We are committed to working with the local business community to increase employment opportunities and develop training initiatives for people with intellectual and developmental disabilities.
Seattle is filled with trailblazers, noisemakers and policy changers. We are seen as leaders in diversity and inclusion, innovators and advocates for the less fortunate. Yes, we are applauded for our work on behalf of the environment, celebrated for our protection of human rights, and commended for our vision of uninhibited access to education. Yet despite these collective altruistic pursuits, there is an entire community where we are stuck somewhere between speech and action, forcing thousands to live on the sidelines.
With the legacy of the Special Olympics USA Games fresh in mind, we are reminded of the importance of celebrating inclusion, acceptance and participation. We have an opportunity to use the momentum of last week’s Summer Games as a springboard for renewed commitment to the tens of thousands of individuals with intellectual, developmental and behavioral disabilities in our community.
Society isolates people with disabilities. We sort out children with developmental disabilities such as autism, cerebral palsy and Down syndrome, and decide early on what they can and can’t participate in. Skills that most others acquire through traditional schooling, forming friendships and first jobs are limited. With fewer opportunities to gain both practical and social skills, it’s no surprise that many youth and adults with these disabilities are unequipped to fully participate in everyday society. Studies show the employment rate for working-age adults with any type of disability is just 34 percent. For people with cognitive disabilities, it falls to 24 percent. But unemployment is a symptom of a larger challenge — being invited to belong and being included.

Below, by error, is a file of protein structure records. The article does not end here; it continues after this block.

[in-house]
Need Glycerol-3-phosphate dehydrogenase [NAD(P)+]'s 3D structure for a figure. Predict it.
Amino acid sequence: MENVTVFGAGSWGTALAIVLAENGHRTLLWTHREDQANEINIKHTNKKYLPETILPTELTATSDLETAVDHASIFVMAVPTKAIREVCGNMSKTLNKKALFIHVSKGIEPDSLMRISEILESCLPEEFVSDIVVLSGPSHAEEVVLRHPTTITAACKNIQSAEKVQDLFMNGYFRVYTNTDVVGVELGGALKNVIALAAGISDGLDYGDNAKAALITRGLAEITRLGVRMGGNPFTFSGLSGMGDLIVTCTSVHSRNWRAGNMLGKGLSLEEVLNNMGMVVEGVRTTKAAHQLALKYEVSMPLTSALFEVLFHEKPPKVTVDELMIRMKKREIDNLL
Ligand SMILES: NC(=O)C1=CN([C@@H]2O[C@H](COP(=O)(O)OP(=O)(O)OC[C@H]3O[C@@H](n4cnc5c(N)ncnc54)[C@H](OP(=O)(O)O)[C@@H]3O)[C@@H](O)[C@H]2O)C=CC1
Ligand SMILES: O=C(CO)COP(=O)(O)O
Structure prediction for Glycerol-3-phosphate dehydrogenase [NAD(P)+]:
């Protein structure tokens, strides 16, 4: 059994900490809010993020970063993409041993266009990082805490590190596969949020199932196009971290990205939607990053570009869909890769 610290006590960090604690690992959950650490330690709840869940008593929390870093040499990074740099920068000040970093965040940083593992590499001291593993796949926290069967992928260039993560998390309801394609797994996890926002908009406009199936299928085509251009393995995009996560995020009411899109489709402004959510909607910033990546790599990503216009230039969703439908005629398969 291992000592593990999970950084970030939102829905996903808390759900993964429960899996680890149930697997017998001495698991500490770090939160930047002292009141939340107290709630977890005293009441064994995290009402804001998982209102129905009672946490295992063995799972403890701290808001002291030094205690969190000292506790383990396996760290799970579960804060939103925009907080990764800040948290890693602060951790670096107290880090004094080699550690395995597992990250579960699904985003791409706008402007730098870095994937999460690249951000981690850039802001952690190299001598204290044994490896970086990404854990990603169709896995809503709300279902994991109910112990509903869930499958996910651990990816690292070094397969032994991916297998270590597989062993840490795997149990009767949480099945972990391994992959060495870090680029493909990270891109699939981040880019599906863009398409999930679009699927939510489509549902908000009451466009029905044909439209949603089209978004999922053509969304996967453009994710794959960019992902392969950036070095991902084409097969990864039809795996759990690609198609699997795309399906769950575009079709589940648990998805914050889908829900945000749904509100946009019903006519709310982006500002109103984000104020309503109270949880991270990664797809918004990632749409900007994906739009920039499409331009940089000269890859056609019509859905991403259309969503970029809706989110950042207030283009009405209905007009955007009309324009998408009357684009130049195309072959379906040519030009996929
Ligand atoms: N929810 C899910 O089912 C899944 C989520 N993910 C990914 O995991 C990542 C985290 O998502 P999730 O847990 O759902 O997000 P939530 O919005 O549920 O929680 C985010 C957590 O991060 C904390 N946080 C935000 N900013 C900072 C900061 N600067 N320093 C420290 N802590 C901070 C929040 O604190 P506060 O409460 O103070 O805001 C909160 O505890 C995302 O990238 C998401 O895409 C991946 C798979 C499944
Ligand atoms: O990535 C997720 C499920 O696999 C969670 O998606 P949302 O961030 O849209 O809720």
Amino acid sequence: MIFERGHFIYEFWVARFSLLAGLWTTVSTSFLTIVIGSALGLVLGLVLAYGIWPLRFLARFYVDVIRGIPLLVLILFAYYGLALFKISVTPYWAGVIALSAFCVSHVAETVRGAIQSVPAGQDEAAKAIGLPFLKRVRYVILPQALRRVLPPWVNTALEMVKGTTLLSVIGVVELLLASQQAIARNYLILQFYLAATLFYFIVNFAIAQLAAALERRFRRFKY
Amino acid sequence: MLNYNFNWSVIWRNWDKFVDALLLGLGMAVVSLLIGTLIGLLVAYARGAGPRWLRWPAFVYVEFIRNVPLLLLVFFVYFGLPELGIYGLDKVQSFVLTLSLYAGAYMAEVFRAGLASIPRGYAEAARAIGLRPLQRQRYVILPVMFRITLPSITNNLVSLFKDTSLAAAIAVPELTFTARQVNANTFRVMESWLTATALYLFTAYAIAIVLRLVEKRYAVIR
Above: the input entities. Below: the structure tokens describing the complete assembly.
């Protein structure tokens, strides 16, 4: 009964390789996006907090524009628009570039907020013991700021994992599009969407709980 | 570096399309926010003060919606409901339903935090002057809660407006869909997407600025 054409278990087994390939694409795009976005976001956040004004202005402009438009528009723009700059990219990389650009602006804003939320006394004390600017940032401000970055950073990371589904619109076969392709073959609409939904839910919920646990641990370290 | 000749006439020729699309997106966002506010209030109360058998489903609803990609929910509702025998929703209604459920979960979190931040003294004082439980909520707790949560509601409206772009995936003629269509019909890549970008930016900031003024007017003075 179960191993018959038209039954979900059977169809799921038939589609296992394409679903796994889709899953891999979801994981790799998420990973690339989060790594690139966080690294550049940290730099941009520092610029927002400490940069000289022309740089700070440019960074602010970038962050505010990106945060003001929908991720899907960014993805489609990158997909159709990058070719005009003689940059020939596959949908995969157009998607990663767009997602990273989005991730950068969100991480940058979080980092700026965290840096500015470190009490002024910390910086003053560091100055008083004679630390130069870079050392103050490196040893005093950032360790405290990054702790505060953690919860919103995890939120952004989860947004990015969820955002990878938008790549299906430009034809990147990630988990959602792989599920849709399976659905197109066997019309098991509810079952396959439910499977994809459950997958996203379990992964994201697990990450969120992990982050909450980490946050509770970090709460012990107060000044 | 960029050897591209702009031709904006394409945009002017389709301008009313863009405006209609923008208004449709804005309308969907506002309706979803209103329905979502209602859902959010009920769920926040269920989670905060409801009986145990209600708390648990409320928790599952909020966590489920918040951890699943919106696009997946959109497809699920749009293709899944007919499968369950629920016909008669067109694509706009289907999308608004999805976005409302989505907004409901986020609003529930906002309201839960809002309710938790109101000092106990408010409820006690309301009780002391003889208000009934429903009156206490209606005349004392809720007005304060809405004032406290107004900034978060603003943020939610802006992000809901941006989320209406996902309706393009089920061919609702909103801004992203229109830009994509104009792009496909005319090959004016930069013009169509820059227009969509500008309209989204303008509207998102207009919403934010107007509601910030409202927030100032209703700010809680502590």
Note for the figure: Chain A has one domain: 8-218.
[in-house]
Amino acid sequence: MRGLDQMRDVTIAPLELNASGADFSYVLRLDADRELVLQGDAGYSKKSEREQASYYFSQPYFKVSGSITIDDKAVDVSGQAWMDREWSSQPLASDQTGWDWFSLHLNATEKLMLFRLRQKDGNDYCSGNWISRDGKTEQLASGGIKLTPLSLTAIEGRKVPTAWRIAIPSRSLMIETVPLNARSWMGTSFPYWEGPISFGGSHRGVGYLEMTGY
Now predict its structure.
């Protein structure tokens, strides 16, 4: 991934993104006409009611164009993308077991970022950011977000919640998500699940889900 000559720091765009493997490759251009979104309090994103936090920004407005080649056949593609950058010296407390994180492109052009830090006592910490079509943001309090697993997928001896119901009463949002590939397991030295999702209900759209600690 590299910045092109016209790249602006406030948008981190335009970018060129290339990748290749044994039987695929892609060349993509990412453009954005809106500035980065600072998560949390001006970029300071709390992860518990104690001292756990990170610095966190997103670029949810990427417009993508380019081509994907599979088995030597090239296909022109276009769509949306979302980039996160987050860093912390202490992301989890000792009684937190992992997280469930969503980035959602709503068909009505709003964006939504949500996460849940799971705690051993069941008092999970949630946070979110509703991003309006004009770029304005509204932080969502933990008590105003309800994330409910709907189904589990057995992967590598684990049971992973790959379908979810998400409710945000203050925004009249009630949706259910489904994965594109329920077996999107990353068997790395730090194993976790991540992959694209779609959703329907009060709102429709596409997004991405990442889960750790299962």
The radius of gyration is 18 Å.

Without a personal tie, most people generally misunderstand those with disabilities. We know that developing a real relationship with someone with a developmental disability is the only way to change expectations and diminish low expectations of stigma. Creating a generational and societal shift is hard. All of us must learn (or relearn) what we think we know about these types of disabilities.
Most Read Opinion Stories
- With Washington’s last zoo elephant, a new era
- Washington’s rivers, salmon and orcas need protection from Canadian mines
- Endorsement: Amy Klobuchar for president
- Set reasonable tax and regulation rules for companies covered by 'captive' insurance
- In your travels and at home, channel climate-change anxiety into action
Earlier this year, the Welcome Inclusion Initiative (WIN) launched across the Puget Sound region. It is a grass-roots effort which thus far includes more than 200 local businesses, organizations and community leaders who have embraced inclusion and are working together to welcome people with intellectual differences.
This is more than creating a “day” or a week when people with disabilities are welcomed. It’s about making that commitment 365 days a year — inviting people with intellectual and other developmental disabilities to live, learn, work and play in their neighborhoods and local businesses.
Thanks to our steadily growing WIN business community, we see what this commitment can look like and the impact it can have.
Early WIN adopters include local business leaders such as Microsoft, the Woodland Park Zoo, MOD Pizza, Tutta Bella, and organizations like the Girl Scouts of Western Washington, the Chief Seattle Council of Boy Scouts of America and Boys & Girls Clubs.
Collectively, we are committed to working with the local business community, employment providers, and practitioners to set goals and tangible action plans to increase employment opportunities, develop training initiatives, and create truly inclusive community spaces for people with intellectual and developmental disabilities.
This summer, we celebrated athletes, coaches and families from across the country. We now have an opportunity to set a new standard for belonging right here in our local community. The time is now to remove barriers and include people with intellectual, behavioral and developmental disabilities to make Seattle a welcoming place for all. We invite more local leaders to join us in the WIN initiative to affect lasting change in meaningful employment and real community membership for not just some but all of our fellow citizens.